The FORM Questionnaire: Talking to Mallory McDonagh

Mallory McDonagh, of Studio3877, approaches her design work holistically. Image courtesy Studio 3877. As part of our on-going series of conversations with designers and architects, delving into what makes them tick, we chatted with Mallory McDonagh, of Studio3877 in Washington, DC, a firm with an expansive hospitality portfolio. Mallory, as we quickly discovered, is an old soul at heart but with an approach to design that is forward-looking and innovative. She filled us in on where she finds inspiration (hint: she’s analog and digital) and how she gets her ideas out (it often starts with words).

What direction do you see the profession heading?

I see designers really focusing on the complete design package. In hospitality, this can be an extraordinarily powerful strategy in branding and concept development. When designers are able to be involved in each aspect of a project, for example, menus, branding, interior, exterior, signage, way finding, etc., not only do lines between architect/designer/graphics/marketing, and other disciplines start to fade, but the final product is something richer and more developed.

What buildings inspire you?

Historic spaces, whether they have been refurbished and re-conceptualized, or are in disrepair. I feel like the intent of older buildings, regardless of function, is something stronger, yet somehow more subtle, than simply constructing something harder, better, faster, and cheaper, which is how many new buildings are conceptualized today. There is a certain romance in older buildings that gets lost in the immediacy of our industry. I love the Ottoman Bank Museum in Istanbul—it perfectly blends a historic building with contemporary interiors through white washed giant coffers and pilasters, super graphics and bright yellow accents. It’s fun and beautiful, but still maintains the integrity of the original space.

Where else do you find inspiration?

Website likes and Interior Design magazine have phenomenal photography and relevant topics to the hospitality design industry so those can be really helpful when researching a project, and pulling some precedents. More tangibly though, brainstorming and working with a partner or team on a new project and having ideas feed off of one another—there’s nothing better.

Courtesy Studio 3877.What are your three favorite objects?

A perfect pair of sunglasses, a huge purse, and my Danish chair poster.

What do you collect (furniture, records, t-shirts, etc.) ?

Without meaning to, I’ve become a collector of my friends clothes, and not the cool stuff that I secretly covet, but items like old college t-shirts and hoodies from places I’ve never been. A good, worn-in t-shirt from somebody I love means more to me than any random trinket. 

Who are some of your favorite young designers?

Kristina Ninivaggi, the recent recipient of the Contract Magazine Designer of the Year award, is super influential, not only in the breadth and variety of her portfolio, but in her drive and passion in developing the interior design discipline at SHoP Architects. She has some incredible experience and has been a part of a number of fantastic high concept spaces.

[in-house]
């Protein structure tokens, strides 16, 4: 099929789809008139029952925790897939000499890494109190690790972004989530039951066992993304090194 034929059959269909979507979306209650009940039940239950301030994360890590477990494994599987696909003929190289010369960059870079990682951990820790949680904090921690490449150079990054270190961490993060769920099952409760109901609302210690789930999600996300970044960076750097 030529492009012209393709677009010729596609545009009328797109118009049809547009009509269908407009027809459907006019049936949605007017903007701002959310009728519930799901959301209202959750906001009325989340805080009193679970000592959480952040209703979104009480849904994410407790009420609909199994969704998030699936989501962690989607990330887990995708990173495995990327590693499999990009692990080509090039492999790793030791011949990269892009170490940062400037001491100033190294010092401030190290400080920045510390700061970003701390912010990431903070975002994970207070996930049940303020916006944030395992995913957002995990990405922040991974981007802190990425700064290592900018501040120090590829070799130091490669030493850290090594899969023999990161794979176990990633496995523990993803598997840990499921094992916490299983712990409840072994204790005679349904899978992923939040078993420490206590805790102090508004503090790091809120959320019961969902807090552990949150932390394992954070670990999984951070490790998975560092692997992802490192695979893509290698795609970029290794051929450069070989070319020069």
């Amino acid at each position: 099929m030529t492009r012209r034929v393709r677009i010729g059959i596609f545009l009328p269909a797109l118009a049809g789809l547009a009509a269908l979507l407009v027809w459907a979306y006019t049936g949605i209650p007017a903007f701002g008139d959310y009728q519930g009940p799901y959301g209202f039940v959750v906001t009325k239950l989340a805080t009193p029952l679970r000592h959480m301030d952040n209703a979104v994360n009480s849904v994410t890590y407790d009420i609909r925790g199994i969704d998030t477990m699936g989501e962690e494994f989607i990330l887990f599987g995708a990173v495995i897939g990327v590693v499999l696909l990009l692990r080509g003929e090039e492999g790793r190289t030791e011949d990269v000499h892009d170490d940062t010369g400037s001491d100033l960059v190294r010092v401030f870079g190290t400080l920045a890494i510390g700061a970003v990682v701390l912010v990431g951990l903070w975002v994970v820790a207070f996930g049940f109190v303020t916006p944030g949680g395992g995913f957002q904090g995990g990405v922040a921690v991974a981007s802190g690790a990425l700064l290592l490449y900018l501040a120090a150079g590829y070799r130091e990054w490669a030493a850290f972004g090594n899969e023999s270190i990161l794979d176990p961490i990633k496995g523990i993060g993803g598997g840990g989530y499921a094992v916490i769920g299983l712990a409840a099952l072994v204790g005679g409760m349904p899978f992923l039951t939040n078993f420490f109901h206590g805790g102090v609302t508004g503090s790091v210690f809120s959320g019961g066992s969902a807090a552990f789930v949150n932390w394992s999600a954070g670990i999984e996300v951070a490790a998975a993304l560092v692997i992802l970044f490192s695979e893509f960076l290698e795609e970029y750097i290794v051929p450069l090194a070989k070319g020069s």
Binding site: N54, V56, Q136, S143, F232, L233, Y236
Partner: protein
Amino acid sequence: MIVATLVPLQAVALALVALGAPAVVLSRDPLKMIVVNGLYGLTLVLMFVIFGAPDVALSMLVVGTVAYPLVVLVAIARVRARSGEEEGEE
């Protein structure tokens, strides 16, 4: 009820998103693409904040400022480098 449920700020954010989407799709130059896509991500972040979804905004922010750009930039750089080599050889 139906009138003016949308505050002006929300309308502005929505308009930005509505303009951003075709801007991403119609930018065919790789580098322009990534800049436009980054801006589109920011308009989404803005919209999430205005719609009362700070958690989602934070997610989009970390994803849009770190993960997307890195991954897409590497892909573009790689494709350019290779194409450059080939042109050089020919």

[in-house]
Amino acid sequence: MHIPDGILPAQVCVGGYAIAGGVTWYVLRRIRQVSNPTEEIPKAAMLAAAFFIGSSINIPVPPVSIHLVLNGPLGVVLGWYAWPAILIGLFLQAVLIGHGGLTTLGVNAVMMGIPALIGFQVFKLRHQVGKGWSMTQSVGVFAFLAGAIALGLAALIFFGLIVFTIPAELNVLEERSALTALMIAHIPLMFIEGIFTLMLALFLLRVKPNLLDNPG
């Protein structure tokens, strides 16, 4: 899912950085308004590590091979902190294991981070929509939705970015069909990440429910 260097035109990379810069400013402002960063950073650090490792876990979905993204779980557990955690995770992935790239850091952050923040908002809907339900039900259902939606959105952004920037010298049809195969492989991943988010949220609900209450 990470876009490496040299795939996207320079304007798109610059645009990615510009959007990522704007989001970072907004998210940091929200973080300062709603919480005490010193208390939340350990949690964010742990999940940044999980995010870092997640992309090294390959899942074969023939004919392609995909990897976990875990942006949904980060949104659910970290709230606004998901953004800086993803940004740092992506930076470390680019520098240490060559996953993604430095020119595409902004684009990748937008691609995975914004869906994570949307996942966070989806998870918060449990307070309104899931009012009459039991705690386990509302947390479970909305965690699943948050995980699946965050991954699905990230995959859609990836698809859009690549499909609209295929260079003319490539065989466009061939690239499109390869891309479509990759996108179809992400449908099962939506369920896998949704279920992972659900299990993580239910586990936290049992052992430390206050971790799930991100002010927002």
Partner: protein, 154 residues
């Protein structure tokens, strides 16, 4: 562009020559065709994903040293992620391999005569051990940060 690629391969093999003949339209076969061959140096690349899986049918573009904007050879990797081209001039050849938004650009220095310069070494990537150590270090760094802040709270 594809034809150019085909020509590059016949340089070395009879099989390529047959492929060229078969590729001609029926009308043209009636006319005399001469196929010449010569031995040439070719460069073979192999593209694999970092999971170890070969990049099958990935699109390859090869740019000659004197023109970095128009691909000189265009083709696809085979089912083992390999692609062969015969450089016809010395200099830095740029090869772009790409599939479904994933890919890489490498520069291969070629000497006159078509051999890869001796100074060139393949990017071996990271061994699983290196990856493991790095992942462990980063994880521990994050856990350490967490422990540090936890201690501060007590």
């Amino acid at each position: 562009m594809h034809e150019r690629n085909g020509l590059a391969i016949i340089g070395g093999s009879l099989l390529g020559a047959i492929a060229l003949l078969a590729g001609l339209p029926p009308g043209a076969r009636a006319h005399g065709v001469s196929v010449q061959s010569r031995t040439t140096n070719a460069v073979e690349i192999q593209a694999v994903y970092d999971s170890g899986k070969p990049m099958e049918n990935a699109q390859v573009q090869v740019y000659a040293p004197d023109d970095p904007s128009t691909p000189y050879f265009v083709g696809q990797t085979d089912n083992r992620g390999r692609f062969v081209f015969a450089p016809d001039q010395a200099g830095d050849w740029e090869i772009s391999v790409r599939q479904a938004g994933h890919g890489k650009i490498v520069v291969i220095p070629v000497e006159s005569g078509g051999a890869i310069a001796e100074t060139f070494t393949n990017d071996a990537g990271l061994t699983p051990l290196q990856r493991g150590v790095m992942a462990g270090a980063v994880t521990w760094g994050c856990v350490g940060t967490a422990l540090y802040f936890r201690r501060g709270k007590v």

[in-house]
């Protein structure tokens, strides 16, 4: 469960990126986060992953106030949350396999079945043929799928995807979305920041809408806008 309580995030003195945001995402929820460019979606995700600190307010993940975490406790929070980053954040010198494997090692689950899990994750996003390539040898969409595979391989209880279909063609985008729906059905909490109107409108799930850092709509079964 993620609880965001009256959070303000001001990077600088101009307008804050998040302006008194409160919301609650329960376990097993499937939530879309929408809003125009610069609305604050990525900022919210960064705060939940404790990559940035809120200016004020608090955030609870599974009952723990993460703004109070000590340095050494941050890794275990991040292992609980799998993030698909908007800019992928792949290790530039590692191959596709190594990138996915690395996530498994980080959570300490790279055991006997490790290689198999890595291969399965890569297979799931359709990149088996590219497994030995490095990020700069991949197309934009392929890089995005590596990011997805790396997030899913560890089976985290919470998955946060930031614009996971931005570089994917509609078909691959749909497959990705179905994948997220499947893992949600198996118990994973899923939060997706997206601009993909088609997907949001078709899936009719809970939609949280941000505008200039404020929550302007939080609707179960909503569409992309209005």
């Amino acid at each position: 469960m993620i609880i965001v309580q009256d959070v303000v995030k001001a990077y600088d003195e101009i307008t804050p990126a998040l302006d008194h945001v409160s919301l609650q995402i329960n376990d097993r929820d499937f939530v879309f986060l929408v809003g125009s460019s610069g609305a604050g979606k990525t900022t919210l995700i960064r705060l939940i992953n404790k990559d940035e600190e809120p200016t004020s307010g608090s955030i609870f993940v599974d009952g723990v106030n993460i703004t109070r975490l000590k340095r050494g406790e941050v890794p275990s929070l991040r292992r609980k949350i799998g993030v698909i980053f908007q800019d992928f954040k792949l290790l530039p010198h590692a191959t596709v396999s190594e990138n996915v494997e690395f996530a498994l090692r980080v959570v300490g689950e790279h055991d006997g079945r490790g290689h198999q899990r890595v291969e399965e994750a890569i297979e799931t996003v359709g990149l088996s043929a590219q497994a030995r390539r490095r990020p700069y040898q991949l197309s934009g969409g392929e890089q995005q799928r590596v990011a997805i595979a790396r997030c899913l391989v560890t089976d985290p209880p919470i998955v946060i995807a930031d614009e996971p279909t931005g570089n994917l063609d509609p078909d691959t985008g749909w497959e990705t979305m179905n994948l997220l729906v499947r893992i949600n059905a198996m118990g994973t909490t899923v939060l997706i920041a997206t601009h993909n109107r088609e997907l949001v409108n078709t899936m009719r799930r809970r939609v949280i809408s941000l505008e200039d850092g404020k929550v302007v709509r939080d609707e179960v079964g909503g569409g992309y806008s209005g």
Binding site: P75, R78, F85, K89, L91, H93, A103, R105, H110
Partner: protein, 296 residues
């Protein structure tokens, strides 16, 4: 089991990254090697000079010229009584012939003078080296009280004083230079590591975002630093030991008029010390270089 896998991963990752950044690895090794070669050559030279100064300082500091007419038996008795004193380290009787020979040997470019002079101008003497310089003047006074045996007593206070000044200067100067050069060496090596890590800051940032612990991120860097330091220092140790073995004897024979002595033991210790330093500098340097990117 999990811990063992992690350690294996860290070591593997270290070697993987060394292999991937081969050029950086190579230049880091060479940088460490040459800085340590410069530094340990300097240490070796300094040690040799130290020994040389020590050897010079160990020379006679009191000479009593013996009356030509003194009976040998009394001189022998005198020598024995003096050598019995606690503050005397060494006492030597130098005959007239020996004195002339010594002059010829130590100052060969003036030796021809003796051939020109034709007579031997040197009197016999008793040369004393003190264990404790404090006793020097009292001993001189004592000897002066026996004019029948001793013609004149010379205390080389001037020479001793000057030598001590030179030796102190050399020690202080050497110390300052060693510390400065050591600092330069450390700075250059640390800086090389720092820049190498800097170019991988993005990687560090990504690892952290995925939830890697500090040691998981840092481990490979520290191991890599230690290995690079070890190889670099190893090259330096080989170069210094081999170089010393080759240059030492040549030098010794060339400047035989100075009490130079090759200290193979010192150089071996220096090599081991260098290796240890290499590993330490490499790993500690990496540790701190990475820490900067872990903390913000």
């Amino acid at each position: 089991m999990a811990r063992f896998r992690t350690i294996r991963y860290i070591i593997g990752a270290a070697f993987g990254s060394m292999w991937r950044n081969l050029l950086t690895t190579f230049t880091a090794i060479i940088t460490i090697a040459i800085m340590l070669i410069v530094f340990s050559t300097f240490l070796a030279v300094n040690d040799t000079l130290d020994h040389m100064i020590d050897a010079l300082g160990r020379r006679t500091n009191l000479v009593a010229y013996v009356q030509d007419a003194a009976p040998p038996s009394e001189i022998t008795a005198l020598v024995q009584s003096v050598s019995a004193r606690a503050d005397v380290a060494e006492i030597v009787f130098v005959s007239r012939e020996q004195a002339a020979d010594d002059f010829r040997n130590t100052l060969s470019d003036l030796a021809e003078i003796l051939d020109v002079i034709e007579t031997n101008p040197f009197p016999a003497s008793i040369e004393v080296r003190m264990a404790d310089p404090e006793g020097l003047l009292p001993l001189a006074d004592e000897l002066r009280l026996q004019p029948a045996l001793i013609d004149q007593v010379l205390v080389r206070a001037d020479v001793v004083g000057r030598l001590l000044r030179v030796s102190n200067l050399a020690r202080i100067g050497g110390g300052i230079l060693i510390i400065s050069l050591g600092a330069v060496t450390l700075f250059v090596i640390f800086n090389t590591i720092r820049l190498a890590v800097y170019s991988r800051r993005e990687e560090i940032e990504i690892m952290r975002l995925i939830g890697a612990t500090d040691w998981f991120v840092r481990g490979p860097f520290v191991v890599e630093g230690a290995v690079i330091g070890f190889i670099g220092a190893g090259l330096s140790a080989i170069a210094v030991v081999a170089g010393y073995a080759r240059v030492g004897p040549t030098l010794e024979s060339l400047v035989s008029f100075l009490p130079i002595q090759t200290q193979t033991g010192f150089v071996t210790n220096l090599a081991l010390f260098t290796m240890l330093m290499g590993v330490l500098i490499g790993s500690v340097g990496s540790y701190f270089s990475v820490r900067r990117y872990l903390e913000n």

If you could live anywhere, where it would it be (a location or specific structure)?

Location wise, I would love to live in Copenhagen. I spent a semester there and completely fell in love with the city. That being said, it was horrendously freezing, so I might be happy in a sunnier place like San Diego.

A decade from now, what trends will be cringeworthy?

Crop tops. But also, I think the midcentury look has been, and is, very much on its way out. There’s retro, and then there’s copying the Mad Men set.

What currents trends will stand the test of time?

The Scandinavian aesthetic is a really classic look. In any “trend” I feel that the use of natural materials can make the style feel less ephemeral and less anchored in an isolated moment in design history. What’s great about Scandinavian design is that there are iconic elements, natural elements and new trends that fit seamlessly together. It also doesn’t hurt that simply craft beautiful birch table reminds me of being young and free, roaming the streets of Copenhagen, and desperately pooling my kroner to buy an Elderflower cider.

What are you reading?

Emails. Gabriel Garcia Marquez is always by my bedside.

What are you wearing?

Jeans, a giant sweater and heels (that I really want to change into flip-flops as soon as possible).

What are you eating?

A juicy, medium rare hamburger and sea salt truffle fries with an enormous glass of wine.

Do you listen to music while you’re working?


Are you a sketcher or a computer person?

I have to start with sketching, or writing, before doing anything in the computer. I tend to do a lot of word diagramming and free associations in the beginning of a project, and from there I move onto developing an imagery collection. Throughout the entire design process, I always go back to sketching or writing. Everything is very fluid—I think it’s impossible to finish a project linearly.

Social media—yes or no?

I’m mixed on this one, because while I have Facebook, I truthfully only use it to look at pictures of people I kind-of-sort-of know. It’s greatest for that. Beyond the casual, innocuous stalking, I’m a little bit of a social media Luddite and don’t completely know how to use Instagram/Twitter.  Obviously for marketing, those platforms can be great tools, but it’s hard me for me to view social media as anything more than a great base for a Jimmy Fallon and Justin Timberlake skit.


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